Top 4 Up and Coming Online Businesses


Online startups come and go but there are ones that make noise, gain excitement from online users and quickly find their niche. These four up-and-coming online businesses define success and their growth potential is enormous.


Pinterest hit the online scene in March of 2010 and was founded by Ben Silbermann. Sure his “pinning and sharing” idea would be a success, he quit his day job in 2008, and after Pinterest went live, it boasted 3,000 registered users. The idea to “pin” the things we like in a bulletin board format quickly caught on—the statistics are amazing.

As of June 2013, Pinterest has 48.7 million users and receives 3.4 billion page views each month. The average Pinterest user spends 98 minutes per month pinning and repinning. Visuals are hot on the web, so expect Pinterest to keep growing. This social media company attracts mostly females between the ages of 25 and 54.


After Bob Parsons received a Purple Heart and finished his tour of duty in the Korean War, he wasn’t sure exactly what his future would bring. After some successful business endeavors born from Parsons Technology and a 64 million buyout from Inuit, GoDaddy began in 1997, but the name of the company was originally Jomax Technology.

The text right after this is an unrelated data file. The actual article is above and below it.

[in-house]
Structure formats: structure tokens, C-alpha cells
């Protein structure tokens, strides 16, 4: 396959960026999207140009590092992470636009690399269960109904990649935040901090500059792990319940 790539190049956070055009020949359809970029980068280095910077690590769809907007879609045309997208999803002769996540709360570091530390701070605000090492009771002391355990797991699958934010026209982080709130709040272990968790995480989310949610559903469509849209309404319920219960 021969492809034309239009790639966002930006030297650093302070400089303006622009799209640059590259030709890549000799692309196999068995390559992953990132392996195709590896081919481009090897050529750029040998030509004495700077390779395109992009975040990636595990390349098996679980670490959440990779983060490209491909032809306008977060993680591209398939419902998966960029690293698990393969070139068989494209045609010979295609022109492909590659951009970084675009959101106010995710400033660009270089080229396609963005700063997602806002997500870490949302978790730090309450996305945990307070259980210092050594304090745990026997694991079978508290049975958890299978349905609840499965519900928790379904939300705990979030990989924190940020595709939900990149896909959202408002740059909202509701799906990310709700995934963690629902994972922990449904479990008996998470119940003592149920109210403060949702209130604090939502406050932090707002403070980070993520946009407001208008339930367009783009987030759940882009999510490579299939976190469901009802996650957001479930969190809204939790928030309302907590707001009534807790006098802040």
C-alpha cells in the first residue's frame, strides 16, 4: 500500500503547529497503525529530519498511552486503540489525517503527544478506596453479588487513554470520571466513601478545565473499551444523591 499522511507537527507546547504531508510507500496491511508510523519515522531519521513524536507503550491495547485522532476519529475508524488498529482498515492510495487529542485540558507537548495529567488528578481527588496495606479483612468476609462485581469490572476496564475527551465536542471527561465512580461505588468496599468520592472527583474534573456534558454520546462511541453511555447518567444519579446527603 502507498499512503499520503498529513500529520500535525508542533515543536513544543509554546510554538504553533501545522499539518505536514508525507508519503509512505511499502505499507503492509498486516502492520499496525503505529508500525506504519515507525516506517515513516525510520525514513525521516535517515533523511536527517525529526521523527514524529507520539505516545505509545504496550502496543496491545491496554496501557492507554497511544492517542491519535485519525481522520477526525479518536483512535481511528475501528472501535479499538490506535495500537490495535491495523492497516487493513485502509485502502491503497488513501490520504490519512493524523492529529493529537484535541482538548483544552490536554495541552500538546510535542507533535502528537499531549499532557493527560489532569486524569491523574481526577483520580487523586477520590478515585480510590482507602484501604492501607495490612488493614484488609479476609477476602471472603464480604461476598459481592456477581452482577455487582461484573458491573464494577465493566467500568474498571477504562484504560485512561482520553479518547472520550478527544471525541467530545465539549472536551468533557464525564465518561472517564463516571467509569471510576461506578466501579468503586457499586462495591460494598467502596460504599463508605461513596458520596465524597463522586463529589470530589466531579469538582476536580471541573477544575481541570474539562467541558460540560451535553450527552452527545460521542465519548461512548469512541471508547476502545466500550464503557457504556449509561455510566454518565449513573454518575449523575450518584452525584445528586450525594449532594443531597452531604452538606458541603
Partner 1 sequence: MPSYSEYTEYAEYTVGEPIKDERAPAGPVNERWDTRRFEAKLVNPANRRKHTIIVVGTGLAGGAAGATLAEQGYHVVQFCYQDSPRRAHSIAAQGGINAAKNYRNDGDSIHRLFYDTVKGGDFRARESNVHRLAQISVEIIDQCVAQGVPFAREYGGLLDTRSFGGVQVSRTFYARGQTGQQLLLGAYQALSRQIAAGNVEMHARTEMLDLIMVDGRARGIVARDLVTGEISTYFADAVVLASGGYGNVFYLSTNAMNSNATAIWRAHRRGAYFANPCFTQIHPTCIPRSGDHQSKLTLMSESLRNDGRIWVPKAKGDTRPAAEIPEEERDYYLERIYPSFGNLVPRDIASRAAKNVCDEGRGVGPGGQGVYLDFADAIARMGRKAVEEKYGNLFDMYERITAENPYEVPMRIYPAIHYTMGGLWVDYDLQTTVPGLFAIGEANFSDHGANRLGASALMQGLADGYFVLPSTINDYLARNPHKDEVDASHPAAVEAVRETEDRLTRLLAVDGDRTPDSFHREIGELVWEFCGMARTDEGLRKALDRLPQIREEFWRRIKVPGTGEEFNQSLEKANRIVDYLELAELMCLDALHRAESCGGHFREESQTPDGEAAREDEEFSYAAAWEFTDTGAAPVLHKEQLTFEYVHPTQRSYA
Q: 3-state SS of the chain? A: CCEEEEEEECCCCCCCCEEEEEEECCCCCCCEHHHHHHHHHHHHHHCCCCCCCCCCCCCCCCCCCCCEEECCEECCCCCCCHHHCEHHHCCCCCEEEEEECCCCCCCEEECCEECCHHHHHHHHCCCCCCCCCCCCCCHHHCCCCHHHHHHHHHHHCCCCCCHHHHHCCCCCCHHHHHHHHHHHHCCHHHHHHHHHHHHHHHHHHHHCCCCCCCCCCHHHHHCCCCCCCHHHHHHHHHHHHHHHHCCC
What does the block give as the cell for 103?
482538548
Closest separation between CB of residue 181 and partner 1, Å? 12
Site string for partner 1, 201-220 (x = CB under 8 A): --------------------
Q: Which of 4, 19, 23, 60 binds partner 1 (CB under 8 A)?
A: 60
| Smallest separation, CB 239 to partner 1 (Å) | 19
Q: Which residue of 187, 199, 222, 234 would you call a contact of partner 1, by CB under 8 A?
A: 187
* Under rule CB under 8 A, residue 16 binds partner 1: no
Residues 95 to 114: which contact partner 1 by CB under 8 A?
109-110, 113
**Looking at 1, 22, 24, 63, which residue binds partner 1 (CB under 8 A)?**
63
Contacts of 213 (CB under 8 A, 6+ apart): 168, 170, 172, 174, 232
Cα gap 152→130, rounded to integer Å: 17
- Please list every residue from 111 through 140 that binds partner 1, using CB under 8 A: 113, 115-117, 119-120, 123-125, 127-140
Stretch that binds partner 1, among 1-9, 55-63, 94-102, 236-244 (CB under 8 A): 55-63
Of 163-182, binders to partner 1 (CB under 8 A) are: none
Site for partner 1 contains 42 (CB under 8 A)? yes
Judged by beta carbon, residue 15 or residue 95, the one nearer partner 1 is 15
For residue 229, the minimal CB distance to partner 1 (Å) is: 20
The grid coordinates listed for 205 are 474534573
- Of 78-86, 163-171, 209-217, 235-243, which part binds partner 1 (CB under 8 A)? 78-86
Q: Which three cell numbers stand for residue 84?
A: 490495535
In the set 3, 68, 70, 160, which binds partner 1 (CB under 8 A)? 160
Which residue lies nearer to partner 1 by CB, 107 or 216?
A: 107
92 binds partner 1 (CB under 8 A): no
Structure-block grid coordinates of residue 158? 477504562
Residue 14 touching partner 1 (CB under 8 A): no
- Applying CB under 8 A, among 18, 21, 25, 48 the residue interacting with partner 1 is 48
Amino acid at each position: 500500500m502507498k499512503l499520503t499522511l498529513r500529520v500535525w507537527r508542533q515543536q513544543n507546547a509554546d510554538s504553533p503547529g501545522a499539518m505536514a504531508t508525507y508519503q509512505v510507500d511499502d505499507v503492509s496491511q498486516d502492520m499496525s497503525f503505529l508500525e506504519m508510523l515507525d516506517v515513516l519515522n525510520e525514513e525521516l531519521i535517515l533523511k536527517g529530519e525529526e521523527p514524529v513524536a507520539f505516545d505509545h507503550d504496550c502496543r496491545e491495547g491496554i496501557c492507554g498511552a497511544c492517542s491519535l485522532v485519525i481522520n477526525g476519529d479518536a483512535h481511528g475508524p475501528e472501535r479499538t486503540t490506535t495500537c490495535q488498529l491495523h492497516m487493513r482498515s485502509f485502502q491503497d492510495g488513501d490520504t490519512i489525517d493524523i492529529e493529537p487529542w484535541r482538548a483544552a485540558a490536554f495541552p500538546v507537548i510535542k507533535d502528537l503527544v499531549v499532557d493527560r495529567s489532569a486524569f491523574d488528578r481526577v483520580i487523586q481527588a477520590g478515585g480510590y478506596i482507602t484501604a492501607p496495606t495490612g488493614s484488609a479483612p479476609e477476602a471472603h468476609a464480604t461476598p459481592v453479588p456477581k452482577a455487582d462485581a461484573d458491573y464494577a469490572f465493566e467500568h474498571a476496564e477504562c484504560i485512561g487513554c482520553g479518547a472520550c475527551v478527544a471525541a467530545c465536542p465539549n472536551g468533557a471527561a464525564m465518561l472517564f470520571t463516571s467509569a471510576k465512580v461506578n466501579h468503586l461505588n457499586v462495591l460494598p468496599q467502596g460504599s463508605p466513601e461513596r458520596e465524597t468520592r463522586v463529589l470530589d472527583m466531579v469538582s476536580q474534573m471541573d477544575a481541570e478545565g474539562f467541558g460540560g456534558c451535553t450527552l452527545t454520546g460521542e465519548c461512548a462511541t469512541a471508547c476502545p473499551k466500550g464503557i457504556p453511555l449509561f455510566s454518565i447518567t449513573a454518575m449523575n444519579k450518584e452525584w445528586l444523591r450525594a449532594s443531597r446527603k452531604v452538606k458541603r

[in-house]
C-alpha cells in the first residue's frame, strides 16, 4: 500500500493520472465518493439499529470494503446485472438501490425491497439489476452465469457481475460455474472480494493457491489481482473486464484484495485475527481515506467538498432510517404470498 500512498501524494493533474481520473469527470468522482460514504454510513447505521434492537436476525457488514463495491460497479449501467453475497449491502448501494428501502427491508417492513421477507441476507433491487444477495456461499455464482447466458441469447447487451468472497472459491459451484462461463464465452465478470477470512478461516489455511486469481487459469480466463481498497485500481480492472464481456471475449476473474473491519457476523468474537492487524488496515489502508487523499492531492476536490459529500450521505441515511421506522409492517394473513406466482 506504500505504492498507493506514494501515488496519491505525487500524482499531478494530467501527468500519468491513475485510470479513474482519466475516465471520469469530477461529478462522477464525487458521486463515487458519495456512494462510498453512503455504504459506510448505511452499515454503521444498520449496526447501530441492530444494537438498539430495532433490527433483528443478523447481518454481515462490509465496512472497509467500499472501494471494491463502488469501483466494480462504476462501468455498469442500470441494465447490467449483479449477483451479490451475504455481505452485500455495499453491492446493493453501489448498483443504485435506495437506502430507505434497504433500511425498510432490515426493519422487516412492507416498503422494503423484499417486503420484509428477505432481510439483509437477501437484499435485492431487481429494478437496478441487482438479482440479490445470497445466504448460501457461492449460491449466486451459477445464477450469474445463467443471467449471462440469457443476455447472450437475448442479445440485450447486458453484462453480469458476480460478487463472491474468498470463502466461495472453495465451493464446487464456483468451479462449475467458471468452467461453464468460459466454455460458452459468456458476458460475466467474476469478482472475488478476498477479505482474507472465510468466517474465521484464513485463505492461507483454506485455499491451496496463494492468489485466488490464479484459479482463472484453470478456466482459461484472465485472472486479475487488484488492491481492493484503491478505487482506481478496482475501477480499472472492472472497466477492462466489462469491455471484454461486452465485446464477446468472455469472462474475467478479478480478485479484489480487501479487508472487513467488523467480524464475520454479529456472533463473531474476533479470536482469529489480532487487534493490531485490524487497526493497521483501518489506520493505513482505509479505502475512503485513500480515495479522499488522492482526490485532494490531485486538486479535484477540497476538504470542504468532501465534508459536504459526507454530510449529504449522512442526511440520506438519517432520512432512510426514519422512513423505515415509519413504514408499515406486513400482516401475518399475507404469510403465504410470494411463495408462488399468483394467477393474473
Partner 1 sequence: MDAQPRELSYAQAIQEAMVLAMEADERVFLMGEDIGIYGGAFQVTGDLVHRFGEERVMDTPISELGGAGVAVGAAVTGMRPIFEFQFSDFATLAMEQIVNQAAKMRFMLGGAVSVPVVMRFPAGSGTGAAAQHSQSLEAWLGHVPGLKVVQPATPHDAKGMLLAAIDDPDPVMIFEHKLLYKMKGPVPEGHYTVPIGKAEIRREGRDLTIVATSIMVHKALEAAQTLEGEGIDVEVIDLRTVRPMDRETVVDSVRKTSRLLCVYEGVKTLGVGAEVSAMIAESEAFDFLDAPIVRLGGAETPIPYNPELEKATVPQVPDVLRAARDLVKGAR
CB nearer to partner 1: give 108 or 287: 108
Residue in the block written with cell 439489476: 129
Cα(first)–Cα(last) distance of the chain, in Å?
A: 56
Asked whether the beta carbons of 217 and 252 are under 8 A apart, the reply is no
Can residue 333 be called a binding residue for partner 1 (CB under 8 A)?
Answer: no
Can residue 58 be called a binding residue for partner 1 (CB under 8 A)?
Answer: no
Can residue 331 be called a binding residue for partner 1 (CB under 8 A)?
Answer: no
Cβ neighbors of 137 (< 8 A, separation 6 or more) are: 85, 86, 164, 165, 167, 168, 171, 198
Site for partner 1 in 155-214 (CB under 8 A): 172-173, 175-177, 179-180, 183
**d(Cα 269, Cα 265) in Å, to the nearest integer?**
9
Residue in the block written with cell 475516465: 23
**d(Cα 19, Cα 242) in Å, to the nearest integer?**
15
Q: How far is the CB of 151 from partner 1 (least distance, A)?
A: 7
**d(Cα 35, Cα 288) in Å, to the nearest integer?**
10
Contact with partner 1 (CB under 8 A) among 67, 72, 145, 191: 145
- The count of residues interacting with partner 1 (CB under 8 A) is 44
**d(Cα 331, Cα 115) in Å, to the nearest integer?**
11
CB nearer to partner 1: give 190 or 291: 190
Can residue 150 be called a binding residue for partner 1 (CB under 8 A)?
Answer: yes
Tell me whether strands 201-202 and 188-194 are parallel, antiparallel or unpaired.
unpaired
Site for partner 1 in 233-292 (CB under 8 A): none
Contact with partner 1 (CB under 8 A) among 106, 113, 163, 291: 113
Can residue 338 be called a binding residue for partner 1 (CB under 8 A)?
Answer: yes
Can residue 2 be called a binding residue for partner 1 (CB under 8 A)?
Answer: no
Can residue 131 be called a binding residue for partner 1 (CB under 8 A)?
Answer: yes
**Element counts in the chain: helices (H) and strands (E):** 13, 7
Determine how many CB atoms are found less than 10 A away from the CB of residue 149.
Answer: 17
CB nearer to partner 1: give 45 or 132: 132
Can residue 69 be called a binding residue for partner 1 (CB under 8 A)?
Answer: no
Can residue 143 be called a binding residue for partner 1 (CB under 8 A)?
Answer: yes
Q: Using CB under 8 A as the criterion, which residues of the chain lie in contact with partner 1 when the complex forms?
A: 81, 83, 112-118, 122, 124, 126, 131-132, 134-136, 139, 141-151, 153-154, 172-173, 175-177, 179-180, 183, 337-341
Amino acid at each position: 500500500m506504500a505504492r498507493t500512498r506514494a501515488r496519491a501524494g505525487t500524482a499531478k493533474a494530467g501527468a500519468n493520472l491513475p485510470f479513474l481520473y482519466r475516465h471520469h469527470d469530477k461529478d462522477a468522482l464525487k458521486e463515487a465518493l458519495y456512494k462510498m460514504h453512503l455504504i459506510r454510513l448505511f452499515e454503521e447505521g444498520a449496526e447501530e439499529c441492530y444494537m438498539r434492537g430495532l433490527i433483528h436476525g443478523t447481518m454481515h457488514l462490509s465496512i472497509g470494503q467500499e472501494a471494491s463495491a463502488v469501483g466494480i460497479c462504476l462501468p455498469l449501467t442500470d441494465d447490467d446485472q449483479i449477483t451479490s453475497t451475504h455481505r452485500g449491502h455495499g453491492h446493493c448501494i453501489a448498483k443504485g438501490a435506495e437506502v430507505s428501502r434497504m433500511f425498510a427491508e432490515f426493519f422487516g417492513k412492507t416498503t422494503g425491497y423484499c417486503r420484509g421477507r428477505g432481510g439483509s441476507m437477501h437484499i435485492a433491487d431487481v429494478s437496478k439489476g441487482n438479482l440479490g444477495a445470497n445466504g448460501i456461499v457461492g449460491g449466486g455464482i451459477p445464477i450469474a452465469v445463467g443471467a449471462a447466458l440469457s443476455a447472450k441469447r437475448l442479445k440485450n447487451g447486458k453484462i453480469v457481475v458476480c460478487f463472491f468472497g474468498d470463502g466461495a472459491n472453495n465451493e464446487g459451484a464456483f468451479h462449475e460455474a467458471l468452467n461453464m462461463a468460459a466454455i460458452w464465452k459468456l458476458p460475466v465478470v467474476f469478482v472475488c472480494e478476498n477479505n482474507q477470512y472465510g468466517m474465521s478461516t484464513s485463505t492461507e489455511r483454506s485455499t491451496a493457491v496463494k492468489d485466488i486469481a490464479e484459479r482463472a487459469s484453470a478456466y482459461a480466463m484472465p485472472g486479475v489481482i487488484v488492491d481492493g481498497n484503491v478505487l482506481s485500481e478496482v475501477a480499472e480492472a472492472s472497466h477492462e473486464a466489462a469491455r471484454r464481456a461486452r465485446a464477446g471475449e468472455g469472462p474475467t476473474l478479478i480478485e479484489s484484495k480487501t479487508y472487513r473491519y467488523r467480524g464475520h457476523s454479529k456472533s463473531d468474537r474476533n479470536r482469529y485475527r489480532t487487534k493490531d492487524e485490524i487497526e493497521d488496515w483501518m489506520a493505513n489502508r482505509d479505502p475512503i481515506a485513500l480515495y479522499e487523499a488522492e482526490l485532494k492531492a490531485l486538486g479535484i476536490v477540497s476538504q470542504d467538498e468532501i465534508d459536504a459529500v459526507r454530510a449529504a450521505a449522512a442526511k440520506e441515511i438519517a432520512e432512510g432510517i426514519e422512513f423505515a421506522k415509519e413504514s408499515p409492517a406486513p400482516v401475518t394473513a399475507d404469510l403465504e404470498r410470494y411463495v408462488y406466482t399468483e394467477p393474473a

Renamed GoDaddy to attract users, it’s the giant of the web hosting world. Over 45 million domain names have been registered by GoDaddy, most likely due to the wide variety of DIY web hosting products they offer and their 24/7 live customer chat.

Today, GoDaddy has over 1,000 employees and a home office in Scottsdale, Arizona. GoDaddy also offers ecommerce solutions and SSL certificates and boasts ten offices worldwide. As far as demographics, GoDaddy has been able to attract all age groups most likely for its service offerings and excellent customer support.


At the age of 25 and with five higher-education schools and a BA behind him, Robert Karlin (sometimes woodworker and carpenter) started an e-commerce company that quickly exploded. In 2005, the world was introduced to Etsy—a place to purchase homemade wares, crafts and vintage items.

Almost 97 percent of Etsy users are women, which Karlin attributes to their crafting and creativity hobbies. In December of 2012, Etsy users sold $117.8 million in goods representing six million products. The numbers continue to rise each year—December of 2012 beat out December 2011 by 78.8 percent. Quite the accomplishment if you consider that in 2008, Etsy sold $100 million in goods for the entire year. Is Etsy still growing? According to the Etsy Blog, 972,228 new members joined the community in April of 2013.


At only 27 years of age, Kevin Rose founded Digg, a sort of all-the-news-that’s-fit-to-print type of social media site—only in snippets—and tons of photos. Rose initially paid a programmer $10 an hour for development, $1,200 for the domain name and approximately $100 per month for hosting. This small startup has grown and in January of 2013, Digg gained 1.7 million page views.

Although Rose sold Digg to Betaworks in August of 2012 for an undisclosed amount, his online career continues to thrive. Rose was also the creator of Revision3, Pownce, and Milk, and is a venture partner for Google. A typical Digg user falls in the age range of 18 to 34.

These four online businesses are truly making their mark on the Internet and as their fan bases continue to rise, so will the profits.


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